Cork can capitalise on need for office space post Covid-19, council chief says

Multinationals will need employees to work in group settings to stilmulate innovation, says Doherty

Ann Doherty says while Covid-19 meant  many firms now happy to allow their employees work remotely she fully expected companies to still require large offices that give them a physical presence in a city or a country. Photograph: iStock

Ann Doherty says while Covid-19 meant many firms now happy to allow their employees work remotely she fully expected companies to still require large offices that give them a physical presence in a city or a country. Photograph: iStock

 

Work practices may have changed due to Covid-19 with more people than ever working from home but multi-nationals and other large companies will still require office space and cities like Cork can capitalise on such demands, Cork City Council chief executive, Ann Doherty has predicted.

Ms Doherty said it was quite clear that Covid-19 had altered how companies work with many firms now happy to allow their employees work remotely from home but she fully expected companies to still require large offices that give them a physical presence in a city or a country.

“Work practice has changed. I think we’ve all gone over to one side of the slide where everyone is working at home but I think it will come back to a more measured position,” said Ms Doherty, who is overseeing Cork’s cityscape change as new office blocks shoot up along the north and south quays.

“I was on a webinar recently with colleagues from Australia and they were saying the biggest risk for companies, public and private is the lack of innovation - magic happens when people come together, when you bring people together - you can’t do that on a virtual platform.”

The decision by Google last September not to proceed with plans to rent additional 19,000 sq metres of office space for up to 2,000 people near the Sorting Office in Dublin’s docklands sent shock waves through the commercial office sector in Dublin and beyond.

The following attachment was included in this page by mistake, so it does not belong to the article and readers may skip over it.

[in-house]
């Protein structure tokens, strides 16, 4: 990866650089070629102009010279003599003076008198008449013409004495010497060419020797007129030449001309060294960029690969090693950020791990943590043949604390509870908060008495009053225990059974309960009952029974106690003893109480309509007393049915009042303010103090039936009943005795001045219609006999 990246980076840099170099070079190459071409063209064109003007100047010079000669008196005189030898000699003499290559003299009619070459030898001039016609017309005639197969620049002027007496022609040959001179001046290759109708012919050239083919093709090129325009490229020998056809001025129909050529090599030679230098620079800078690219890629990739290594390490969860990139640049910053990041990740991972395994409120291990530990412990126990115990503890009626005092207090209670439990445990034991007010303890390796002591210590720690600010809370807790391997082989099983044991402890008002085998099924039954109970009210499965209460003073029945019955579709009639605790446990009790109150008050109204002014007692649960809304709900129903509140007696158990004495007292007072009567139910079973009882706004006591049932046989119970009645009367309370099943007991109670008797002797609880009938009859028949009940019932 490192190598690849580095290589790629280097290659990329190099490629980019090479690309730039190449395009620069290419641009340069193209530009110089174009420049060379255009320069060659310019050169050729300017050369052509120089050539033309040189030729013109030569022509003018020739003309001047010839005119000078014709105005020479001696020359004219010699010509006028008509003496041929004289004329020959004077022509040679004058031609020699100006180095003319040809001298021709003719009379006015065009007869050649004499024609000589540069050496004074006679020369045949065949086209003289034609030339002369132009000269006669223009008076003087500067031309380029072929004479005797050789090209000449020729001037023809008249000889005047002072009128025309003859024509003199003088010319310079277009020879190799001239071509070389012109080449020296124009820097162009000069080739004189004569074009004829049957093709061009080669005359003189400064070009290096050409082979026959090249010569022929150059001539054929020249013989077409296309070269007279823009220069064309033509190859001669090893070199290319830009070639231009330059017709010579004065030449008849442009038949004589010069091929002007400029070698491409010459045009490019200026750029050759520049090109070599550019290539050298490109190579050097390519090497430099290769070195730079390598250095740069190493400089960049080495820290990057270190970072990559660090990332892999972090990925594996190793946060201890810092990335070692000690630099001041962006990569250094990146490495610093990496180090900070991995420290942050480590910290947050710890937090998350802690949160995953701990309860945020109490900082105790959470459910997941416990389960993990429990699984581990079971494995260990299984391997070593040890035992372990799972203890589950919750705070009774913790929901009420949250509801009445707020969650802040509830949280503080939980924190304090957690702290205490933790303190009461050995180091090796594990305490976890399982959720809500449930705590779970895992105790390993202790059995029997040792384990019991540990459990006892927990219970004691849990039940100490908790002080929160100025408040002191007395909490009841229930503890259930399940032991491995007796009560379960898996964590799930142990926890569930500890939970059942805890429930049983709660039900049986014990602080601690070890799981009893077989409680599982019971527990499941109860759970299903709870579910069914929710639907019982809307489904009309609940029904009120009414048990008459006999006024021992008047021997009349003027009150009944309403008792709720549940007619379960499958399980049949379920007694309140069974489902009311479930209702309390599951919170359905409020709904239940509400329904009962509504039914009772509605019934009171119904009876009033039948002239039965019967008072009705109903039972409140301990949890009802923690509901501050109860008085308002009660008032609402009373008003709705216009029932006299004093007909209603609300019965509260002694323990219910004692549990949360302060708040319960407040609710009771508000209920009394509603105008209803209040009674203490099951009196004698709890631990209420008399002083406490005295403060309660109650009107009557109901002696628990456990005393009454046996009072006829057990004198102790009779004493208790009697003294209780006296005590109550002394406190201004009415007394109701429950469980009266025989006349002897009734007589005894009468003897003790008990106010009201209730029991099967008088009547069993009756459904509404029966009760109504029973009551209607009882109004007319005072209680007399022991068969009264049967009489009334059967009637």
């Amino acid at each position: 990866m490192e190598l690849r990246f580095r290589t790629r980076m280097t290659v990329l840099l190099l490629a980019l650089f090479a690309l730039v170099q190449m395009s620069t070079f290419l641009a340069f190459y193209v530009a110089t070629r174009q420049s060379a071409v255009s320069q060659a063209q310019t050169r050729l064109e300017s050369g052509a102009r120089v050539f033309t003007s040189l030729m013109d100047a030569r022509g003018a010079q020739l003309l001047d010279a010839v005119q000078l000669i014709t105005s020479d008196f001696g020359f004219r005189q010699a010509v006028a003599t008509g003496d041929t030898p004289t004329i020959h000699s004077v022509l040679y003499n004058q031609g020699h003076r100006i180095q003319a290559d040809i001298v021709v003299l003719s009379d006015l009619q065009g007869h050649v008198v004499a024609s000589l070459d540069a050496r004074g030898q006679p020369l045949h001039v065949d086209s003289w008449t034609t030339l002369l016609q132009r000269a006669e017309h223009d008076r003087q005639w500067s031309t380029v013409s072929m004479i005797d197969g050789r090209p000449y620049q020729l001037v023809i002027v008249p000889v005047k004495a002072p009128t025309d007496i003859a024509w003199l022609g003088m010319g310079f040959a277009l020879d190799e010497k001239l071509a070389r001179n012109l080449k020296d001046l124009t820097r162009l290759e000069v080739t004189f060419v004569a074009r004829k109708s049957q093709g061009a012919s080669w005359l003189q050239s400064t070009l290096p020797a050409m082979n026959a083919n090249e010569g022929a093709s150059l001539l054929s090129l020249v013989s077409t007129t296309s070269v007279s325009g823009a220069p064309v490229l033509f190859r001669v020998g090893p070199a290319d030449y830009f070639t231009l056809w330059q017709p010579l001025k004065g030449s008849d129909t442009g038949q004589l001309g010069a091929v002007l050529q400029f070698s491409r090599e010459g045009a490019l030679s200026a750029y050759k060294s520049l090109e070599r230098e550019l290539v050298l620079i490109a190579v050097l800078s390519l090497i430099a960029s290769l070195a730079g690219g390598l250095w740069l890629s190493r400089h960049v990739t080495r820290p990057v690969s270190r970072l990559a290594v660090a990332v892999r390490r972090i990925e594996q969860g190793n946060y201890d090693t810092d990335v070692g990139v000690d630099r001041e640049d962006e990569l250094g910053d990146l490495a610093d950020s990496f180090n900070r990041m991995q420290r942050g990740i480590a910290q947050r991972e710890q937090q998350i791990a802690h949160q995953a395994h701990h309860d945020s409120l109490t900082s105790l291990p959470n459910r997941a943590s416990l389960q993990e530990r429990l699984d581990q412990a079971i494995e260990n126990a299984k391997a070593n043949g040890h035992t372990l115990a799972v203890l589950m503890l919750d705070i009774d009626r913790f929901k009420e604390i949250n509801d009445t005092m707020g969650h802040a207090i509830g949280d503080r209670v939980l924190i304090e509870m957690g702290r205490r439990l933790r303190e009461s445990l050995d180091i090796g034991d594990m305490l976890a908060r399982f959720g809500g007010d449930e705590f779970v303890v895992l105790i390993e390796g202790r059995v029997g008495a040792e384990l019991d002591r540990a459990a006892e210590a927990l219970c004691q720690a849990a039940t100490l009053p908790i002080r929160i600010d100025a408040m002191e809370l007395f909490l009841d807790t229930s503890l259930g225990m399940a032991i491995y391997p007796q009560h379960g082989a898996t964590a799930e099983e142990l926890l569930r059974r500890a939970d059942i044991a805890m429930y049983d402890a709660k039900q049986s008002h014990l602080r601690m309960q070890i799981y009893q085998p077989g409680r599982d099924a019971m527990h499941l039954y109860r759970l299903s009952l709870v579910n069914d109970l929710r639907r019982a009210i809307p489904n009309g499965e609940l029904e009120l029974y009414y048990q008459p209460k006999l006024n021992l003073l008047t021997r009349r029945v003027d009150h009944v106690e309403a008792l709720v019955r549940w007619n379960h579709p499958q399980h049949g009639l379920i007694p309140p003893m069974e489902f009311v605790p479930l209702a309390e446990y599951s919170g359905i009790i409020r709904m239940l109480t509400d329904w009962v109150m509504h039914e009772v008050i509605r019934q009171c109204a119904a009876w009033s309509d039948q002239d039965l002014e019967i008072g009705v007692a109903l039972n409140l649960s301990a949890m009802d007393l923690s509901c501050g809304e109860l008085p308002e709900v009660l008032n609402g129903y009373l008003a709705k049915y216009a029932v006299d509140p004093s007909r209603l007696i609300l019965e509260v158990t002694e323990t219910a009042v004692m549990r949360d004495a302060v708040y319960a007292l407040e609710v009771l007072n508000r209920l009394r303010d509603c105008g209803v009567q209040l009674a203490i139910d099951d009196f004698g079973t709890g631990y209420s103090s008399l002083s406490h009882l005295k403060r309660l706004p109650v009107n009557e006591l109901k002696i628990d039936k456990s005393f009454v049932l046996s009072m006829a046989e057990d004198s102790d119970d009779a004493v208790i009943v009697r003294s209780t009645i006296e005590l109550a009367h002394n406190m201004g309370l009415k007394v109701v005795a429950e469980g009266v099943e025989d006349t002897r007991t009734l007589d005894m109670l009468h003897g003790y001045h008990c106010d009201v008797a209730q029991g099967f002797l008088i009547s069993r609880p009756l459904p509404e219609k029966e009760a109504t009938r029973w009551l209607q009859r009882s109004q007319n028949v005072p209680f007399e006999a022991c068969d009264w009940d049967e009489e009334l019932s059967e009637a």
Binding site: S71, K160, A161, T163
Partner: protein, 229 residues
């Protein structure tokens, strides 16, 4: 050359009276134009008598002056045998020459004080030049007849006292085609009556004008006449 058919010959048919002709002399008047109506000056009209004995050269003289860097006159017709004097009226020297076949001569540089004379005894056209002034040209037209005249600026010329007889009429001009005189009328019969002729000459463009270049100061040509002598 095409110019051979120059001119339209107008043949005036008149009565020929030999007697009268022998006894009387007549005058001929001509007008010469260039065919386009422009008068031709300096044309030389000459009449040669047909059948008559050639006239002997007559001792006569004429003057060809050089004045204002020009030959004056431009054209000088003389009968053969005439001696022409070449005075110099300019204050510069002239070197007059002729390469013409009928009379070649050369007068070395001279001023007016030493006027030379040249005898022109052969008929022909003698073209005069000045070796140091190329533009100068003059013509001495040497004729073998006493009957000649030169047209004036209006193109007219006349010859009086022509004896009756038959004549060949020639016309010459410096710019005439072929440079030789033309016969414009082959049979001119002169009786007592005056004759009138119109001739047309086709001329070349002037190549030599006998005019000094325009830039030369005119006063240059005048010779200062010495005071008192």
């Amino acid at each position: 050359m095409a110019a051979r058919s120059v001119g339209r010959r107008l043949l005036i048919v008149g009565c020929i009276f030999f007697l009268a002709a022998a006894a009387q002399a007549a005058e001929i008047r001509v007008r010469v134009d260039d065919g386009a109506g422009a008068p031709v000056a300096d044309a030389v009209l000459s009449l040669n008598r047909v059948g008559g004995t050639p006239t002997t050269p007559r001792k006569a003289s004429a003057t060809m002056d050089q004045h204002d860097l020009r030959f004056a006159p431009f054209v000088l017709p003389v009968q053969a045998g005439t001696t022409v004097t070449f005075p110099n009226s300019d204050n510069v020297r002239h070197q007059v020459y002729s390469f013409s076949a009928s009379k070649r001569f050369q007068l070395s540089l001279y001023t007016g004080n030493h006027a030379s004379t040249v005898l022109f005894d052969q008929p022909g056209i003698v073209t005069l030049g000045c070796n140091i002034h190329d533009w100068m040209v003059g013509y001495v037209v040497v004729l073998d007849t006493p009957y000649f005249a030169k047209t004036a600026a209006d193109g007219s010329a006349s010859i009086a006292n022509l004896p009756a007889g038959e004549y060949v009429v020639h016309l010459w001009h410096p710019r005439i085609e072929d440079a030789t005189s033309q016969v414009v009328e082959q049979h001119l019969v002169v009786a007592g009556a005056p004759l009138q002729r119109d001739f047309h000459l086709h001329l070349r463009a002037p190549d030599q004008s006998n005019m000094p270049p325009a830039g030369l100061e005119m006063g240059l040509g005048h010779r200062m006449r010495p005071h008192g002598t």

One source familiar with the plan told The Irish Times at the time that it was simply not a good time for companies to invest in commercial office space “while they are looking at what the future of works looks like”.

The tremors of that decision were felt in Cork where commercial property developers have major plans to expand the city’s available office space but some reassurance was felt last month when it emerged Apple had agreed to lease 3,500 square metres of new office space on Horgan’s Quay.

According to The Irish Examiner, Horgan’s Quay developer, Clarendon Properties and BAM have agreed a deal with Apple, which already employs 6,000 people in two other locations in the city, to take the top three floors of one of its HQ block to initially accommodate 350 to 400 extra employees.

Ms Doherty said that from speaking to office block developers with product to offer in Cork, they remain confident that there will be demand for the 100,000 square metres or so of office accommodation which has or is just about to come on stream, primarily in the Cork Docklands.

“Speaking to developers in the city who have product, what they are saying to me is that it is tenanting and companies still want to have a strong presence so that their people can still come together even though it may be more a blended solution,” she said.

“I think in terms of space, companies will probably be a little more generous to their staff in terms of space so we will see the same footprint but with different usage so there may be more meeting space but there will be a different blend of solution.”

Ms Doherty said that she would not be pessimistic for the future take-up of office space in Cork which will continue to attract major companies who will want to have a physical presence in Ireland as an English speaking country within the European Union.

“Yes, Covid has had an impact on how people work but we are not talking about what happened in in Cork when Fords and Dunlops closed down in the 1980s or what happened in the last recession - we have a really strong market share in big clusters of companies and that’s not going to change.

“And those companies will attract others - years ago, for example, when you did a degree in IT in Cork, you went to Apple or EMC whereas now there are 19 companies in Cork in that space and it’s the same with the life sciences so we have really strong clusters that will attract people.”

While most of the 100,000 or square metres of office space in planning has been built out to date, some developments remain to be completed including two blocks being developed by O’Callaghan Properties at Navigation Square on Kennedy Quay and the iconic Prism Building near Parnell Place.

Ms Doherty instanced the Prism Building, which is being developed by Tower Holdings, who are also building a 34 storey hotel on the Port of Cork site, as an example of an office development being tailored for a diverse market, aiming to attract smaller companies to a city centre location.

“The Prism is Tower Holdings Group’s first development in Cork - it takes its inspiration from the famous Flatiron Building in New York - it’s a 15 storey high development and will act as a gateway between the city centre and the new business district in the docklands.

“It will comprise 6,000 square metres of office space designed for small occupation and will cater for the bespoke demands of foreign direct investment companies and local blue chip indigenous companies and speaking to the developers, they are fully committed to it.”